Incident response trucks require engine to be on to provide a cooler cabin throughout the day. 


A battery-operated solution to replace need for engine to be running backed by research.


Positive results promise substantial client savings, reduced greenhouse gas emissions and wear and tear on the vehicles.

How do we keep our incident response teams cool in their trucks whilst minimising our carbon footprint?

Ventia's incident response teams are first on scene for unplanned traffic incidents and work closely with emergency services and relevant government agencies and authorities to minimise disruption and maximise safety.  

Our incident response teams are first on scene for unplanned traffic incidents. When waiting in the truck cabins before being called out to an incident, the AC is on so they can be cool and alert.

A sustainability dilemma

Always at the ready to respond – in full personal protective equipment and harnessed into their trucks – our teams wait at staging locations with the AC on to keep cool and alert. Running the engine is necessary to keep the AC operational, which results in high fuel consumption, greenhouse gas emissions and associated wear and tear for our trucks.

Troy Mattiazzo manages the incident response teams for our NSW motorways and tunnel assets. He recognised the dilemma and thought there must be a more sustainable way to keep the truck cabin at a pleasant temperature for our teams.

Troy’s bright idea

He took the initiative and presented an idea at a Pizza & Pitch event in Sydney - our company-wide innovation events, inviting our people to present a good idea. He proposed installing a battery in the truck that could keep the AC on without the engine idling – an in-vehicle battery-operated air conditioning unit (HVAC). Not only would a HVAC solution be better for the environment, reducing emissions and noise pollution for the community, but it would also provide savings for the client in fuel costs and servicing, ultimately keeping our trucks working for longer. 

His pitch sparked the interest of executive team members at the event and they encouraged him to keep researching the idea due to its obvious potential.

Troy pitched his idea at a company-wide innovation event, and it sparked the interest of Ventia's executive team members, encouraging him to keep researching the idea.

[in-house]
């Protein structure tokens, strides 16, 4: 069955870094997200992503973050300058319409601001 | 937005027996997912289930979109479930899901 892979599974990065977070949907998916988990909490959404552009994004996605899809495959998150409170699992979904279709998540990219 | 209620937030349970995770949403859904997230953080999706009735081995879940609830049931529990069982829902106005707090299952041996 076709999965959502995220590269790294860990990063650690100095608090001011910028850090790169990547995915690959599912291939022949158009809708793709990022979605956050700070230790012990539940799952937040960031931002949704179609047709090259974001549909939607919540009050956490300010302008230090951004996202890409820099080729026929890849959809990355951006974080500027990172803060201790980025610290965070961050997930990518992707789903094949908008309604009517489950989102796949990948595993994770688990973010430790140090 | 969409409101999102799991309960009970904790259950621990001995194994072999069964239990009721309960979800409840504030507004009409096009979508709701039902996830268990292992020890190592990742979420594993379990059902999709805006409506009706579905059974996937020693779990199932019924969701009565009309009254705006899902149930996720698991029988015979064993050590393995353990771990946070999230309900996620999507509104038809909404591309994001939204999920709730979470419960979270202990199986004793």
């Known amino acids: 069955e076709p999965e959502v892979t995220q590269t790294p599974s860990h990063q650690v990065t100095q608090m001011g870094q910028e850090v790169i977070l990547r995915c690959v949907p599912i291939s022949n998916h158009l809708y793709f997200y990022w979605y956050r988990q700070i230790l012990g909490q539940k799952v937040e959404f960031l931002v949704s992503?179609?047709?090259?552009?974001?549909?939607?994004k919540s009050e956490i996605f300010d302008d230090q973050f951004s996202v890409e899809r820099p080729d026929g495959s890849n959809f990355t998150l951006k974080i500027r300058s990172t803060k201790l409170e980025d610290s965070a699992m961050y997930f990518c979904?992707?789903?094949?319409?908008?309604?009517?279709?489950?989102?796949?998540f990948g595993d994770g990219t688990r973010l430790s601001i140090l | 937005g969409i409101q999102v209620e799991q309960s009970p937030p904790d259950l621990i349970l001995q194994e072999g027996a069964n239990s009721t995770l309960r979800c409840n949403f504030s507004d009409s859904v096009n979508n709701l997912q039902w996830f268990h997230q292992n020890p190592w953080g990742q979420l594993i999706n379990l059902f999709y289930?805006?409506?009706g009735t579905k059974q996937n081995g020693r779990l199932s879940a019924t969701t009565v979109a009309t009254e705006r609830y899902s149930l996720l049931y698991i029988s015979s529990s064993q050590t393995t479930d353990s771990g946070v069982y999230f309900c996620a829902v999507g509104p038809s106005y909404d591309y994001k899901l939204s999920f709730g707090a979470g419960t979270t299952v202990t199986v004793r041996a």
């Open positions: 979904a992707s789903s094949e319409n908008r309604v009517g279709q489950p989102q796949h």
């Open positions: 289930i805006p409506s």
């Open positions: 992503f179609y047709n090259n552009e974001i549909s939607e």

Collaborating to find a solution

The search proved to send Troy down a bit of a rabbit hole. No immediate fit-for-purpose functional battery-operated HVAC units were available off-the-shelf, so Troy collaborated with both external partners and internal teams in an iterative process to come up with a functional solution. 

Testing a proof of concept

For the last two months, the team has been trialling a HVAC unit that charges from the alternator of the vehicle when the engine is running, but when the vehicle is turned off at the staging location, the AC activates, creating a climate-controlled space to work for the staff whilst waiting for the next incident. They can even charge their devices & equipment without needing to power up the engine.

Troy's idea has now reached proof-of-concept stage, and the results are looking very promising.

Promising results

The innovation is still at proof-of-concept stage, so the team is still gathering data, but for now, results are looking good. Since starting the trial, the HVAC has been averaging around 35 hours of running time per week (around five hours per day), resulting in approximately $35.2 in savings per day at current diesel rates. Add to that the reduction of engine wear, servicing and burning of carbon emissions – data we are still gathering.

Further development and roll-out potential

Next step is to investigate a heating and cooling unit as we move into the cooler months of the year.

From then we have identified around 200 vehicles across our contracts that have similar requirements and would benefit from installing the HVAC – scaling up the advantages of one innovation in a massive way.

The battery sits on the rooftop of the truck cabin, ensuring a pleasant temperature for the teams.

A passion for sustainability

As for Troy, he is passionate about sustainability. Three years ago, he was instrumental in working together with our client to bring out the first electric truck-mounted attenuator (TMA) truck. The work with the TMA sparked Troy’s idea of the HVAC unit. As Ventia is rolling out electric vehicles across our fleet, the incident response trucks still run on diesel. Troy couldn’t help but think what could be done in the interim to reduce emissions, and so the idea of the HVAC was born.

And unlike the engine in our HVAC trial vehicle, Troy doesn’t sit idle. He recently got a truck in with an elevated work platform but immediately noticed the hydraulic lift was diesel-driven. A few phone calls and he is now working with one of our subcontractors to convert it into electric as well.

“Just trying to do a bit more, you know,” Troy says.

Hear from Troy in the video below.